Making (Non)Sense of Heaven Grand in Amber Orbit

Making (Non)Sense of Heaven Grand in Amber Orbit

The mainstream magazine Newsweek published a glowing review of the Play-House of the Ridiculous’s production of Jackie Curtis’s play—an unlikely turn of events for such an underground show: “What this is can only be experienced, and seeing Heaven Grand in Amber Orbit is seeing an explosion of pure theatrical energy unconfined by any effete ideas of form, content, structure, or even rationality. It is an insanely intense, high-velocity, high-decibel circus, costume ball, and scarifying super-ritual in which transvestism, scatology, obscenity, camp, self-assertion, self-deprecation, gallows humor, cloacal humor, sick humor, healthy humor, and cutting, soaring song all blast off through the tiny, backless-benched theater.” John Vaccaro played Princess Ninga Flinga, an aspiring actress whose career was hampered by the fact that her arms were cut off at the elbows, and the show featured designed-to-offend songs such as “Thalidomide Baby” and “In God’s Shitty Lap.” As for the plot, actress Ruby Lynn Reyner summed it up thus: “The show was nonsensical.” She recalled that when Curtis brought the script to Vaccaro, “it was nothing but gibberish. It was a litany, a mishmash—dialogue that was taken from old movies and transposed into a play.” Vaccaro had to make sense out of it, so he set it in a carnival sideshow filled with bizarre characters. He liked directing plays that made little sense, because he could imbue them with his own brand of social satire. “With Heaven Grand in Amber Orbit,” Arcade said, “once again, John took that play and made it into something entirely different, which had nothing to do with anything that Jackie had planned.”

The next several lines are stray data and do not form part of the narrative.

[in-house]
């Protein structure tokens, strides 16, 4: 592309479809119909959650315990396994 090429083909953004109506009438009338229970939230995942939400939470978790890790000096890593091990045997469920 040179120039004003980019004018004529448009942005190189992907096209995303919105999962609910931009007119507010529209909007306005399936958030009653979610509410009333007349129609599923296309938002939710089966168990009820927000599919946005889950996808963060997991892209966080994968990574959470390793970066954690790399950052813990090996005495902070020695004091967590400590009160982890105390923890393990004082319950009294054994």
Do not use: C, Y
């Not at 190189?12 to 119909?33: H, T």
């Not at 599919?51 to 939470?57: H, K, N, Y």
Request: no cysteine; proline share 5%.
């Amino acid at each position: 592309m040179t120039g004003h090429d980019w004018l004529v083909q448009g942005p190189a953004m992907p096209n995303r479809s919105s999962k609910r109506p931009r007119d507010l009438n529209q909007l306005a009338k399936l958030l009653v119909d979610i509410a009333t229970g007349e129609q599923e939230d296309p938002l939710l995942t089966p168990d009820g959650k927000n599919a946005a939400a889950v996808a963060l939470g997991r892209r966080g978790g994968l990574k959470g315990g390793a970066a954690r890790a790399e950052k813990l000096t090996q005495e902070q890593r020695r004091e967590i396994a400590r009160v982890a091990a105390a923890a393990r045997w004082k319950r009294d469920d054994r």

From Chapter 17 of The Downtown Pop Underground — order online, or from a local independent bookstore


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